Scotland will ban plastic cotton buds

By: Clare Fischer
Date posted: 11 January 2018

Scotland’s Environment Secretary, Roseanna Cunningham, has announced plans to introduce legislation to ban the manufacture and sale of plastic stemmed cotton buds.

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© Catherine Gemmell

For things that are maybe used for just five minutes to clean out ears or put on eye make-up – they can cause huge impacts on our oceans for hundreds of years.”

Catherine Gemmell,
MCS Scotland Conservation Officer

The proposals will be put to public consultation and would position Scotland as the first country in the UK to legislate against these environmentally damaging items.

“After finding over 3500 plastic cotton bud sticks on beaches across Scotland during our Great British Beach Clean in 2017, that’s an average of 29 for every 100m surveyed, we’re delighted to hear Cabinet Secretary Roseanna Cunningham’s plans to ban the making and selling of them in Scotland,” said Catherine Gemmell, MCS Scotland Conservation Officer. “For things that are maybe used for just five minutes to clean out ears or put on eye make-up – they can cause huge impacts on our oceans for hundreds of years.”

Plastic cotton buds are consistently listed in the top 10 items found by volunteers during MCS beach cleans and litter surveys. We have provided years of data on cotton bud sticks to Scottish environmental charity Fidra, to help their Cotton Bud Project which encourages industry to promote biodegradable alternatives.

Cotton bud sticks are often wrongly flushed down the toilet and, due to their structure, pass through the majority of sewage treatment works meaning they end up in the sea, where they lose cotton and accumulate toxins like PCBs. They can be ingested by marine life, causing physical damage or starvation, and release dangerous chemicals either incorporated into the plastic itself or adsorbed from the environment.

“Paper and cardboard alternatives are already available for those who need them,” said Catherine Gemmell, “The ban will help us all make the change, however, no matter what it is made of, we still want everyone to only flush the 3 P’s down the loo - pee, poo and paper, for the sake of Scotland’s seas!”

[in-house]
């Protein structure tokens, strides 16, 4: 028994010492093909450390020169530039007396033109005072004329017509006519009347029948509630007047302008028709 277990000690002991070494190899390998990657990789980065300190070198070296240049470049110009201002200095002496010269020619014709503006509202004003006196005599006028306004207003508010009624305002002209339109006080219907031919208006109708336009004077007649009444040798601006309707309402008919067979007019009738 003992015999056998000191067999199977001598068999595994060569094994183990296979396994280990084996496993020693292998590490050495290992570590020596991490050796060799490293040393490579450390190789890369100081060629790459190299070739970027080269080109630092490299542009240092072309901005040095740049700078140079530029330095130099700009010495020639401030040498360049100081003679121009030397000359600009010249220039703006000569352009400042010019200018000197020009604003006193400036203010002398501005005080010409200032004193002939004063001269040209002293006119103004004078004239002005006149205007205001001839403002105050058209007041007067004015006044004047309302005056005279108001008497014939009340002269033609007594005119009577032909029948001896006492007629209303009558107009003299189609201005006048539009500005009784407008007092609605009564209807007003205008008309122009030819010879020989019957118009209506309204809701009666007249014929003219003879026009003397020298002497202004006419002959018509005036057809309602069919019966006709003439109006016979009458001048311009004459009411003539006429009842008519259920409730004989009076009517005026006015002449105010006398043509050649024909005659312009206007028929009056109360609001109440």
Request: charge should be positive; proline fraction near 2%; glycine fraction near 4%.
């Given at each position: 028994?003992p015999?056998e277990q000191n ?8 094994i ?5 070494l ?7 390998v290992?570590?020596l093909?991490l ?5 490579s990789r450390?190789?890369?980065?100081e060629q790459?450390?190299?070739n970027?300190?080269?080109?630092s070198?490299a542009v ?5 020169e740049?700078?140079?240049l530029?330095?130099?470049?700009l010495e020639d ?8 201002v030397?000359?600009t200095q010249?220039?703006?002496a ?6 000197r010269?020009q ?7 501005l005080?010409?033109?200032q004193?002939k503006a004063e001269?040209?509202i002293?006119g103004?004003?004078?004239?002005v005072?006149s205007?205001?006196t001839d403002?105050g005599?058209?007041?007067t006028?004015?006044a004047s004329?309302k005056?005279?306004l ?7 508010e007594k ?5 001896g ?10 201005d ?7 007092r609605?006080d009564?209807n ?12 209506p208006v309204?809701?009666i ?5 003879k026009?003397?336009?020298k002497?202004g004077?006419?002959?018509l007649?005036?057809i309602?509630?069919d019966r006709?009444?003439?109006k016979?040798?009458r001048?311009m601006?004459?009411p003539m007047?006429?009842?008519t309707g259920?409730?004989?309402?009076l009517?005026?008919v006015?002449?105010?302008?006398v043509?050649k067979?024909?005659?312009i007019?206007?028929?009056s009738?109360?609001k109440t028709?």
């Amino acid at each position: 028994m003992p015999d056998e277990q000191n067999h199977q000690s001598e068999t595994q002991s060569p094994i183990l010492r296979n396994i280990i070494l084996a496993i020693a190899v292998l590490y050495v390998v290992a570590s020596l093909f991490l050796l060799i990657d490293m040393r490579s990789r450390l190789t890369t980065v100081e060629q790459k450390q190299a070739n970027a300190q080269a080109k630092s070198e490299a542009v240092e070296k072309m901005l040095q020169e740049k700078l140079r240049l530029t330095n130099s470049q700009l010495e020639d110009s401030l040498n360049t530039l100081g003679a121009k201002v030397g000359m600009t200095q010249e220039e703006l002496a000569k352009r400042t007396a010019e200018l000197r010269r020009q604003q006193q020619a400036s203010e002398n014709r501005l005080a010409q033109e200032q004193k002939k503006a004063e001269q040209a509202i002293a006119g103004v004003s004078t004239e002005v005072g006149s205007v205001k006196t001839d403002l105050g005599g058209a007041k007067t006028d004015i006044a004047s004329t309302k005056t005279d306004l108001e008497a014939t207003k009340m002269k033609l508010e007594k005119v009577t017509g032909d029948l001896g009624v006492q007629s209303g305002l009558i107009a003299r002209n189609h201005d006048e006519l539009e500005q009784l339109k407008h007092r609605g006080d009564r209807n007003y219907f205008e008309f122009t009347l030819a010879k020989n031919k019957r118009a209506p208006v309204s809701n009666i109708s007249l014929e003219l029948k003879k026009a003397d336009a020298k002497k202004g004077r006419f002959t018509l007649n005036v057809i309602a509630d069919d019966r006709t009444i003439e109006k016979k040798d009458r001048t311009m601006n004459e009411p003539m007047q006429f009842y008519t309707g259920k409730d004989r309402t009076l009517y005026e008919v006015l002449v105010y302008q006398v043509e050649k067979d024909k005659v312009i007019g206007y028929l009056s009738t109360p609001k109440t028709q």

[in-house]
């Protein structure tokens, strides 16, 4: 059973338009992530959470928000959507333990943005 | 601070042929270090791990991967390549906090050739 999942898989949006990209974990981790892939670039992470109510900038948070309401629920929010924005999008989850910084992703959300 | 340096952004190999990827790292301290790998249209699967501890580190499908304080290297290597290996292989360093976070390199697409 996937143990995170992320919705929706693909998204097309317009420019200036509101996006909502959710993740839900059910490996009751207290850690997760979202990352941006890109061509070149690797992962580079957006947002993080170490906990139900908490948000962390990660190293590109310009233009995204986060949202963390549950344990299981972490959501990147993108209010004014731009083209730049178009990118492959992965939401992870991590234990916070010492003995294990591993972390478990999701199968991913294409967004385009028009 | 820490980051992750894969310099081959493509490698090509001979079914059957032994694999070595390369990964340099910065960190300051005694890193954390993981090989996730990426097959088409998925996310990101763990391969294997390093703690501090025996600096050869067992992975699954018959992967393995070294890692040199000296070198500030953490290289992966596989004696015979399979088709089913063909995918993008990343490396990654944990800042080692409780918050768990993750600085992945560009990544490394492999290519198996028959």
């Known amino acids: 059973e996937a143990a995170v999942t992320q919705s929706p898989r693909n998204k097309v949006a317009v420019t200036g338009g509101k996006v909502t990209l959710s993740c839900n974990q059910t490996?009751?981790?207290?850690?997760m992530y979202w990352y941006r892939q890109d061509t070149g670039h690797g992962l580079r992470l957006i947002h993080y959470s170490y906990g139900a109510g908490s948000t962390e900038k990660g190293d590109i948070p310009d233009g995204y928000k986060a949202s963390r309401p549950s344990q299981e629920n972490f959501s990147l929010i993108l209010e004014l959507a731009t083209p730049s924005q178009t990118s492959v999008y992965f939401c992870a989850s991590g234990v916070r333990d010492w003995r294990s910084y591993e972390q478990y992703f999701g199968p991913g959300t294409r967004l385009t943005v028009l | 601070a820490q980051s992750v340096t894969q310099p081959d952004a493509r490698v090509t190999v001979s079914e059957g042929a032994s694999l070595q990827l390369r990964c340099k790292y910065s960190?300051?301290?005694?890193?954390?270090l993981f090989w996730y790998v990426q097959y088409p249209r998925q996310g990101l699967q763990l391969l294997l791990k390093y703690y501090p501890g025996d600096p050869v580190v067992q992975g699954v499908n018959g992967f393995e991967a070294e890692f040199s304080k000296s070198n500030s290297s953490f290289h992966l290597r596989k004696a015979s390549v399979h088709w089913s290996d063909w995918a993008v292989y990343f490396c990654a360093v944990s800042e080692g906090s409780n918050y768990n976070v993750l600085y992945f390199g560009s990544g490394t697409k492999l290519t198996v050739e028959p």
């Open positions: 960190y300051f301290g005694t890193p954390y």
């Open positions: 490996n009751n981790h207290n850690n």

Announcing the proposals, Roseanna Cunningham said: “Banning plastic cotton buds would be a clear sign of our ambition to address marine plastics and demonstrate further leadership on this issue. Despite various campaigns, people are continuing to flush litter down their toilets. This has to stop.

“Scotland’s sewerage infrastructure collects and treats some 945 million litres of wastewater each day. These systems are not designed to remove small plastic items such as plastic buds which can kill marine animals and birds that swallow them.

“These products are completely unnecessary as biodegradable alternatives are readily available. The need for action is clear and I would encourage everyone with an interest in safeguarding our natural environment to take part in the consultation when it opens.”

Calum Duncan, Head of Conservation Scotland for the Marine Conservation Society said: “This is a welcome move that will help stop the tide of plastic ending up on our beaches and in our seas. We support the banning of plastic from the manufacture of cotton buds as this will reduce the amount of single-use plastic being used and sent to landfill, and if flushed - which we firmly discourage regardless of material made from - the number contributing to the rising tide of plastic in our seas and on our beaches.”

Alasdair Neilson project officer at Fidra which runs The Cotton Bud Project said: “This progressive step will be welcomed by everyone who has seen cotton buds polluting our beaches and harming our wildlife. A ban would support the responsible businesses that have already removed this single-use plastic item from their shelves. Let’s hope it also marks a bigger shift in the way we use and value plastics.

“These products are completely unnecessary as biodegradable alternatives are readily available. The need for action is clear and I would encourage everyone with an interest in safeguarding our natural environment to take part in the consultation when it opens.”

MCS is currently calling on UK governments to put a charge on single-use plastic throwaway items and demanding that big fast food chains stop giving out millions of plastic cups, stirrers, straws and cutlery but instead replace them with reusable or fully compostable alternatives.

Actions you can take

  1. Find out more about Scottish Wildlife
  2. Download the Great British Beach Clean Report 2017
  3. Help us stop the plastic tide
  4. Browse Scotland's Marine Atlas

Did you know?…

Litter has increased by 135% since 1994, with plastics increasing by a staggering 180%

Over time, one plastic bottle bobbing along in the ocean can break down in to hundreds of tiny plastic pieces

We removed 568,000 pieces of litter from our coasts in one year

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